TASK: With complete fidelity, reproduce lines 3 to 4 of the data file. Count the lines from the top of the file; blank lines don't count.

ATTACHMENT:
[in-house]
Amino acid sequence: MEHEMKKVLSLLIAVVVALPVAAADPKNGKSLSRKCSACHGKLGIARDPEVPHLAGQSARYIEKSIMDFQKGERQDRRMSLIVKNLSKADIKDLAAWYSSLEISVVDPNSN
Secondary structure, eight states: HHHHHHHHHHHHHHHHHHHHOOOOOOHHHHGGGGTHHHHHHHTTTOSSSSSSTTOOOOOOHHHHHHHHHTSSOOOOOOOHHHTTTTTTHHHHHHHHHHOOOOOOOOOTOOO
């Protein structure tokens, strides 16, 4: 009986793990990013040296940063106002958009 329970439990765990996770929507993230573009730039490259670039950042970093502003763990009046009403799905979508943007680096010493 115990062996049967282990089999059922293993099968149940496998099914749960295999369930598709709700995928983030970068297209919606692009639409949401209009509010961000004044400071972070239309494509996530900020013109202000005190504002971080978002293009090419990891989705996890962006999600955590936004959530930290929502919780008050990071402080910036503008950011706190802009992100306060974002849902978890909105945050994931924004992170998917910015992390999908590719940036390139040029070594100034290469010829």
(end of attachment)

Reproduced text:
Secondary structure, eight states: HHHHHHHHHHHHHHHHHHHHOOOOOOHHHHGGGGTHHHHHHHTTTOSSSSSSTTOOOOOOHHHHHHHHHTSSOOOOOOOHHHTTTTTTHHHHHHHHHHOOOOOOOOOTOOO
């Protein structure tokens, strides 16, 4: 009986793990990013040296940063106002958009 329970439990765990996770929507993230573009730039490259670039950042970093502003763990009046009403799905979508943007680096010493 115990062996049967282990089999059922293993099968149940496998099914749960295999369930598709709700995928983030970068297209919606692009639409949401209009509010961000004044400071972070239309494509996530900020013109202000005190504002971080978002293009090419990891989705996890962006999600955590936004959530930290929502919780008050990071402080910036503008950011706190802009992100306060974002849902978890909105945050994931924004992170998917910015992390999908590719940036390139040029070594100034290469010829």